I search continuously for easy, efficient, nontoxic ways to deal with bee equipment. Storing frames for winter has been an evolving technique. I am pretty happy with my new set up: stacking frames in boxes set on their sides.
When I had fewer hives, I used to hang my frames in the hayloft.
the line on the right is 40 feet long
Stacking is even easier, and equally efficient at keeping wax moths from settling on the the comb.
DRAWN COMB PREDATORS
I pull honey in August or September (that’s evolving too). We don’t see spring here until March at the earliest. So that means 5 or more months during which the supers’ frames are stored in my hayloft.
Mice and wax moths are my two main problems during this time.
Mice I’ve got covered
one of our predator control experts
The cats live in the barn. Before anyone becomes worried about them, it’s a 24 by 40 foot barn with a hayloft, hay, stored furniture and bee gear. Goats and livestock guard dogs who live on the ground floor provide “warming elements’. Along with fresh mice, the cats have their own giant kibble feeder, which probably brings mice, but, hey, even cats deserve an easy break in hunting. Mice? What mice? Haven’t seen one in the barn in years.
I don’t get wax moths either – due to hanging and stacking and our cold winters.
wax moth damage image
(courtesy of Jennie Stitzinger, beeinformed.org)
WINTER COLD HELPS STORED FRAMES
One thing that wax months don’t like is cold, freezing weather. Last year we didn’t have much of that, but it’s already begun this year. This is good for the local economy (we have some of the best skiing and snowboarding in the US) and good for wax frames in storage.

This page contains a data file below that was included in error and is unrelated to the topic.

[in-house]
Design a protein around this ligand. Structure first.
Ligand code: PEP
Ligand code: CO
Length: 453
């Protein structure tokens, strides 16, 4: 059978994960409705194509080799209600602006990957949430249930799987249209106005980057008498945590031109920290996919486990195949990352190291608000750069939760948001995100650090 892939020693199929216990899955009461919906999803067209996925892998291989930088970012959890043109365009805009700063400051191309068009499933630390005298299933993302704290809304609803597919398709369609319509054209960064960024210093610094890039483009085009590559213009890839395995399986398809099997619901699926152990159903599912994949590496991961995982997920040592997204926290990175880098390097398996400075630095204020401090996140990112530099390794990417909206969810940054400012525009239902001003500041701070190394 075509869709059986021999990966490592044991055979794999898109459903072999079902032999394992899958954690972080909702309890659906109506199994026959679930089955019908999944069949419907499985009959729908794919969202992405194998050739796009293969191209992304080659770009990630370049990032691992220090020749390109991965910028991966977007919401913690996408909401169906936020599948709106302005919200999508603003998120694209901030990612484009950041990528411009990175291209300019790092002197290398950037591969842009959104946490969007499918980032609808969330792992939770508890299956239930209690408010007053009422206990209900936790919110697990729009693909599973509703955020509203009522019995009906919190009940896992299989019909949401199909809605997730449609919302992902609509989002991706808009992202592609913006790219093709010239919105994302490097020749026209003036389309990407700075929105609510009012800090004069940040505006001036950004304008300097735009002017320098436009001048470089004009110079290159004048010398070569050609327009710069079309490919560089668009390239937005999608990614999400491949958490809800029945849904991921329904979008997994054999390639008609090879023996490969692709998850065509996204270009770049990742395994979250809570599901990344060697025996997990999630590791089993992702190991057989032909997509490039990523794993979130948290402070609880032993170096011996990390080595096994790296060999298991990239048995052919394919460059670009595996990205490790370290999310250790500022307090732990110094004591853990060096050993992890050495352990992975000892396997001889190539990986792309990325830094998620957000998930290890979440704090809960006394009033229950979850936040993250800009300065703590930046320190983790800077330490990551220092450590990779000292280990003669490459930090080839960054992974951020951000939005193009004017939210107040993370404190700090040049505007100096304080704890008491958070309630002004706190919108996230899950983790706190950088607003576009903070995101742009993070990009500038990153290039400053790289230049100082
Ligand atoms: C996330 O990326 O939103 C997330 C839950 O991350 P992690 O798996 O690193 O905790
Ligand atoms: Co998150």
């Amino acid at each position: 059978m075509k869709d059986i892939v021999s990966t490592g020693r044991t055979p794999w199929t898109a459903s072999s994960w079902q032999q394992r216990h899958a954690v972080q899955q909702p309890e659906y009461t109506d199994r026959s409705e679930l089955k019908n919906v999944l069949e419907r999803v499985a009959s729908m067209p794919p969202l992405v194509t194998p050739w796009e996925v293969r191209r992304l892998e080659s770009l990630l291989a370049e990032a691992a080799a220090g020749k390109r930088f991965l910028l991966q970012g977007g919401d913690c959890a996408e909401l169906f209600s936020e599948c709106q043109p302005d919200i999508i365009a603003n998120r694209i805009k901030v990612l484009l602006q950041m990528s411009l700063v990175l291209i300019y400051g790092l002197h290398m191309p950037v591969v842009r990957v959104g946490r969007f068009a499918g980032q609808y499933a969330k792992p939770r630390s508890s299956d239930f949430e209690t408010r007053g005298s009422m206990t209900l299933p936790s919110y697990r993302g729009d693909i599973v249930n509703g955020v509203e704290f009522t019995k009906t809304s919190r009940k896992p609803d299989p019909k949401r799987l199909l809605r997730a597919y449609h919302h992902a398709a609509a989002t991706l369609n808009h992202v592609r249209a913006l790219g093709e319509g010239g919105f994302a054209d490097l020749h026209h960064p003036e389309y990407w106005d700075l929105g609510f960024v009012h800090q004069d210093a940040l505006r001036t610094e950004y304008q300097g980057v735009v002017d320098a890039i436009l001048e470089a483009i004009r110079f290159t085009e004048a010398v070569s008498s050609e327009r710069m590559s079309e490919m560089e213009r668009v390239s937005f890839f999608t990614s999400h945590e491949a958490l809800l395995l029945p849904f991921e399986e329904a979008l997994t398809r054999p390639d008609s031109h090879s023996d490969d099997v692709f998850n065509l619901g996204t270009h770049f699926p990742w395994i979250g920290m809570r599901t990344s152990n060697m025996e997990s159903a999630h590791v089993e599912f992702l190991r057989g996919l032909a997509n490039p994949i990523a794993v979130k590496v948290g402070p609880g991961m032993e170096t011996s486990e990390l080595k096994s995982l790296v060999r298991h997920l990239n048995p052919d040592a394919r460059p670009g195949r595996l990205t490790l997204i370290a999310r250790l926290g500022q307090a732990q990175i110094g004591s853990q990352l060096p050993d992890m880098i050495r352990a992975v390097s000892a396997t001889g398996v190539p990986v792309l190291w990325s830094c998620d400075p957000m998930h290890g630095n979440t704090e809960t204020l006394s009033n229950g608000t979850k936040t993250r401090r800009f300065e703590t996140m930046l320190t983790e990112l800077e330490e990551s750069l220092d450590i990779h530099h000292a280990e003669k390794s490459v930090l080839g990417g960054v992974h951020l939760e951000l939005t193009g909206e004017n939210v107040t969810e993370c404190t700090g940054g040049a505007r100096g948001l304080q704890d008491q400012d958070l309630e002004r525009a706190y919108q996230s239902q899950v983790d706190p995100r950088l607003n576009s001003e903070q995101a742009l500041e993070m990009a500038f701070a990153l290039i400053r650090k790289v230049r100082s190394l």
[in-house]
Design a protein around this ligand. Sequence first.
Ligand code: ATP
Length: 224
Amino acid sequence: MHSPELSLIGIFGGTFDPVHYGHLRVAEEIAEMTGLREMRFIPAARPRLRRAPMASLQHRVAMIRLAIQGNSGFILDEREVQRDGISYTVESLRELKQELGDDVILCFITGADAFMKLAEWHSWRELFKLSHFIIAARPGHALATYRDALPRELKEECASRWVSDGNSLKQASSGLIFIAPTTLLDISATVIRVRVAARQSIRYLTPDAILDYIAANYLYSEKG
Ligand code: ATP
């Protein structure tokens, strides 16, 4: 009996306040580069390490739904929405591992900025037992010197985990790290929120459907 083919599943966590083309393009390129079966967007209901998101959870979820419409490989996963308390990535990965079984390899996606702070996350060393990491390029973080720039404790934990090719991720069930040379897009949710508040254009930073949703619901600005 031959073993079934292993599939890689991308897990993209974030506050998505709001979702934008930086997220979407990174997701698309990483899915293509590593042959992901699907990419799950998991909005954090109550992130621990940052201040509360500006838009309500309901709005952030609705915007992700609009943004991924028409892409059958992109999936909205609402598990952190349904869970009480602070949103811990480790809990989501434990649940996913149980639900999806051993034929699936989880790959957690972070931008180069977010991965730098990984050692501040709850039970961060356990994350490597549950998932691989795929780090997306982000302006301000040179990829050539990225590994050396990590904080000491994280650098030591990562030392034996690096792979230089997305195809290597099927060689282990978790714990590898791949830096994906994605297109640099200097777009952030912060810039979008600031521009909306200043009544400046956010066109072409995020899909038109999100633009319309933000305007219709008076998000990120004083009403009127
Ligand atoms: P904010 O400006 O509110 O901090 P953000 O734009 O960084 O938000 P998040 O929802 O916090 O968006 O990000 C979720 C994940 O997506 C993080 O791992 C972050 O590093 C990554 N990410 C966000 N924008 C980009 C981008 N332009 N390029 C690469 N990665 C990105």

But wax moths can still be an issue if one creates nice, sealed, dark places for them to breed.
HANGING AND STACKING BEE HIVE FRAMES
I stopped hanging frames as my hive numbers increased. The technique worked really well, but it was time consuming.
In a long-lost article, I read about stacking hives on their edges. I gave it a try and it works.
The article said you could go three boxes deep. The author further suggested that one put a screen at either end. I think the screen was for mice…believe me cats are easier, effective and prettier (plus, some cuddle).
I go two boxes deep.
Two rows fit nicely
My barn has gussets – pieces of wood that stick out to allow more weight to fall on the roof without collapsing (did I mention it can snow here, a lot). Two supers on edge fit nicely between each gusset.
The boxes that face to camera are also two boxes deep – I was just running out of room, so I turned them 90 degrees.
Stacking boxes and frames in this way, also makes it easy to pull frames I want in the spring: I stack them with the top bars out, so it’s kind of like going to a frame “library”. I look at the dates of the frames, and page though to get an idea of what condition the frame is in.
I like stacking the frames. They are neat, tidy, and easily accessible. All ready for me when spring finally rolls around.
That’s the news from Brookfield Farm Bees And Honey in Maple Falls. What’s happening right now at the farm? Inverter trauma. We are an off-grid farm. I installed a new piece of equipment only to find that it really, really did not like my 20-year-old inverter. After a number of false starts, thinking that it was an issue of voltage (105 versus 110 – no other equipment cared), then maybe an imperfect ground, I discovered that the new equipment wanted pure sine wave, something that was created over the last two decades. So I’m buying a tiny inverter just for that piece of equipment. (A wonderful company, Backwoods Solar helped me sort this out. They’re great, they don’t mind answering questions at length.) OK, the world of inverters is not as gripping as beekeeping, but around here inverters are vital to our operation.
How’s your winter shaping up? Or in warmer climates – how are your bees doing?